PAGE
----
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Free Online Study Guide-The Contender by Robert Lipsyte-Book Summary/BookNotes
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THE CONTENDER BY ROBERT LIPSYTE-FREE STUDY GUIDE

CHAPTERS 2 - 3

Summary

Alfred is in bed and is being attended by his aunt. Aunt Pearl informs him that Henry and his father had brought him home when they found him walking in a semi-conscious state. She asks him about the events of the previous evening. Alfred lies and says that he fell off the fence and hurt himself. Aunt Pearl sees through his lie but refrains from questioning him further. She then tells about the arrest of James for robbing the house of Epsteins.

Alfred lies in bed and keeps thinking about James and the Epsteins until he falls asleep. When he finally gets up, it is late in the evening. He dresses up and goes out for a walk. He nears the gym but hesitates to go up; however, when he spots Major across the street, he hurriedly walks up to the gym. He meets Donatelli and tells him about his intention to join the gym and become a boxer. Donatelli asks him to take off his shirt and inspects him from head to foot. Then after checking his height, weight, and flexibility, he tells Alfred about how hard it is to be a boxer and warns him about the difficulties and risks involved. Donatelli added that a person has to be very hard working and disciplined to succeed in the ring. He then sends Alfred home to think it over before starting his training.


Notes

Even though Alfred was orphaned at a young age, he is loved. Aunt Pearl cares for him and worries over the fact that he keeps things to himself. She also respects his independence. When she questions him about what happened to him the previous evening, she listens to his explanation about falling off a fence. Although she realizes that her nephew is not telling her the truth, she knows it is for a reason and does not press him.

Alfred is a thinker. As he lies in bed recovering from his beating, he worries about James in jail and the Epsteins questioning him about his friend. He also thinks about Henry inviting him to the gym, but he is not sure whether he should go. When he goes out for a walk, he heads toward the gym, but hesitates about entering. He decides to go up only when he sees Major across the street. His enemy is, therefore, responsible for altering Alfred’s life, for the gym will change him.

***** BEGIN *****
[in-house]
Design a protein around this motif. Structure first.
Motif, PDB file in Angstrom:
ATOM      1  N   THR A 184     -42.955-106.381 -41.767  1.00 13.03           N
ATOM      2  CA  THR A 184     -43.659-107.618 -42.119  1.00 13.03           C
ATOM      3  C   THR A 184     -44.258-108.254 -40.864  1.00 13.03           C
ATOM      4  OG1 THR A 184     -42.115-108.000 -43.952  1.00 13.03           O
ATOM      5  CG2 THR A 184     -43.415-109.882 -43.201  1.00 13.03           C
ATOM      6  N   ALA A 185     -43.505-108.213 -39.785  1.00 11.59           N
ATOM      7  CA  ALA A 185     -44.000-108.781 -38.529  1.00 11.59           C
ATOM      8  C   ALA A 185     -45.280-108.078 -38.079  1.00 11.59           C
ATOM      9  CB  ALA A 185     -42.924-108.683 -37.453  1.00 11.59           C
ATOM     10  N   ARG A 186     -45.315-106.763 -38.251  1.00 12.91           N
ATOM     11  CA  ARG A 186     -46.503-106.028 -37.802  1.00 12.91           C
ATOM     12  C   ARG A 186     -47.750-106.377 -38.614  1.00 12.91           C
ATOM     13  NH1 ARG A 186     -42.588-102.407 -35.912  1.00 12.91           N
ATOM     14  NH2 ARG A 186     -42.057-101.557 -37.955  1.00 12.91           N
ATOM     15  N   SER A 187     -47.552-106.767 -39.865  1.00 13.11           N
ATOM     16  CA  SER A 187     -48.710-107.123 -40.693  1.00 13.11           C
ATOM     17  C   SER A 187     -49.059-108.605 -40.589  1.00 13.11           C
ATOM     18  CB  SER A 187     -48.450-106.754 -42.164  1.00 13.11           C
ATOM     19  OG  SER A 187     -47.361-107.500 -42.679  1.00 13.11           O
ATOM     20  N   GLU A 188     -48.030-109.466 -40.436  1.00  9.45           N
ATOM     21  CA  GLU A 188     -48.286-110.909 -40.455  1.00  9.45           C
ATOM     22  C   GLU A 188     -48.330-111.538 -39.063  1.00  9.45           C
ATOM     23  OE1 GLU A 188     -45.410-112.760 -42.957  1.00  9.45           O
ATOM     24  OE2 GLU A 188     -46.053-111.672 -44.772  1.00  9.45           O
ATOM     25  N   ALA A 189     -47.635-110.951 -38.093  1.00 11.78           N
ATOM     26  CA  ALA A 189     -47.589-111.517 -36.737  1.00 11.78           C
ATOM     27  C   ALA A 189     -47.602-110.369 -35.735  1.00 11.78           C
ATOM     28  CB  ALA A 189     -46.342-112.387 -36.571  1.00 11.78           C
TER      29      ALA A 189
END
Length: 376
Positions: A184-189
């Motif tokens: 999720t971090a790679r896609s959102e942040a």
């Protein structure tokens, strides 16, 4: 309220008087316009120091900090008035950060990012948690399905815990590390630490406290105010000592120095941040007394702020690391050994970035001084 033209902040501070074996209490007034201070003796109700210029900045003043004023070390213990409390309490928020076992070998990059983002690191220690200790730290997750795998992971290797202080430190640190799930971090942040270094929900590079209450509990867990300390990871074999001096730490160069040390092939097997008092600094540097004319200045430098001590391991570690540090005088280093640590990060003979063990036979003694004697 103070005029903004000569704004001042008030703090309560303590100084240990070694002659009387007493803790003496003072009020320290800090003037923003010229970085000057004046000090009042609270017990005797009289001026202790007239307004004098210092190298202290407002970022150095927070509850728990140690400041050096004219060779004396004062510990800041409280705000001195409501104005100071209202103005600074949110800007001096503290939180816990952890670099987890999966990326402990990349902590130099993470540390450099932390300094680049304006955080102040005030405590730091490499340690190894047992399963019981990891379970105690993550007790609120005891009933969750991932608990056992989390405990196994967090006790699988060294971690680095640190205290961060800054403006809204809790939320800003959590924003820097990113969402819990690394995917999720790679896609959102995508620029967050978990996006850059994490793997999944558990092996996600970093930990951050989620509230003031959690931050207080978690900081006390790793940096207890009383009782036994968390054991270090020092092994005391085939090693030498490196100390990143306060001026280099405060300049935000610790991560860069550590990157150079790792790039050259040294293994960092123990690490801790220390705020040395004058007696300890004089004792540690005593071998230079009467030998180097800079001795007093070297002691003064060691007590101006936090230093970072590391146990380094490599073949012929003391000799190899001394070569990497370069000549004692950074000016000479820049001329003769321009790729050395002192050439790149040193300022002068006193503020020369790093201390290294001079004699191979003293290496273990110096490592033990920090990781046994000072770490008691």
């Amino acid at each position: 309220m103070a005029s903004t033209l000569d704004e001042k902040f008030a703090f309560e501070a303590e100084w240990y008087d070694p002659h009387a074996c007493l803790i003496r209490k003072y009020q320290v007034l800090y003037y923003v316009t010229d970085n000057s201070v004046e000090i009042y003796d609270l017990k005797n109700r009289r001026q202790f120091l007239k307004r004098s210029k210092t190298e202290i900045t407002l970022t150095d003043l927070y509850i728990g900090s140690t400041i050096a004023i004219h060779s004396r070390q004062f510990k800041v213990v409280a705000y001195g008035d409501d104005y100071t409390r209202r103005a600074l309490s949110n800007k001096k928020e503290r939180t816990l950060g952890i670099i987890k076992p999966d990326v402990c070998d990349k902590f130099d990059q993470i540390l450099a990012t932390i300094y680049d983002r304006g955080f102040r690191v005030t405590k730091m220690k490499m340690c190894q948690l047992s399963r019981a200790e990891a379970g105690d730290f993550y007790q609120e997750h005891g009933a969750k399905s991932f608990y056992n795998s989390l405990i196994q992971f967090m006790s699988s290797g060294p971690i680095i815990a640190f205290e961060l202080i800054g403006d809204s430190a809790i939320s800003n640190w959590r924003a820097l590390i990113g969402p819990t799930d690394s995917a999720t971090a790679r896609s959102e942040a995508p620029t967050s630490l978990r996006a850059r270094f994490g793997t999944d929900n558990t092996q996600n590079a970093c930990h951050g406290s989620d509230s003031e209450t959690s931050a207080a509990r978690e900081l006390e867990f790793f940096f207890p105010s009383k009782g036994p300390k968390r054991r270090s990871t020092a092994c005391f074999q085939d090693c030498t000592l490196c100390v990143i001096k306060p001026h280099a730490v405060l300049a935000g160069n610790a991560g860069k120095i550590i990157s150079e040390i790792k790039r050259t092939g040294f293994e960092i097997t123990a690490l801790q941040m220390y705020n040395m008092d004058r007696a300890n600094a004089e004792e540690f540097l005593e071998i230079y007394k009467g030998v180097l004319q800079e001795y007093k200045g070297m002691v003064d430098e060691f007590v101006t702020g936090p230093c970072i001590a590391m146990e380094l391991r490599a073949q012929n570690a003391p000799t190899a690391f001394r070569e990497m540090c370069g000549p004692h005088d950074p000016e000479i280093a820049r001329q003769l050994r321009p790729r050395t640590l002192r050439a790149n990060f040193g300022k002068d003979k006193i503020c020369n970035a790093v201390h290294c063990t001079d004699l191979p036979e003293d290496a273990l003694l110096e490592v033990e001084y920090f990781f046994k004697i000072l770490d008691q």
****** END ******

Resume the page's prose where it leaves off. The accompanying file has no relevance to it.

By entering the gym and making the decision to undergo training to become a boxer, Alfred takes his first step towards establishing his identity in his world. He symbolically climbs the long steps up to the gym, where Donatelli explains the difficulties and discipline of boxing. By accepting the challenge to train at the gym, Alfred will emerge from the shadow of the past and walk towards his future; the process will transform him from a child to an adult.

Donatelli, who will become an important character in the novel, is presented in this chapter. He shows himself to be a tough trainer, an experienced man of the world, and a frank, honest, and practical human being. When Alfred expresses his desire to become a boxer, Donatelli is cautious enough to carefully check the boy’s physical condition and realistic enough to warn him about the hard work involved in boxing.

He also does not immediately accept Alfred as his student; instead, he sends him away to think about the challenge of the game.

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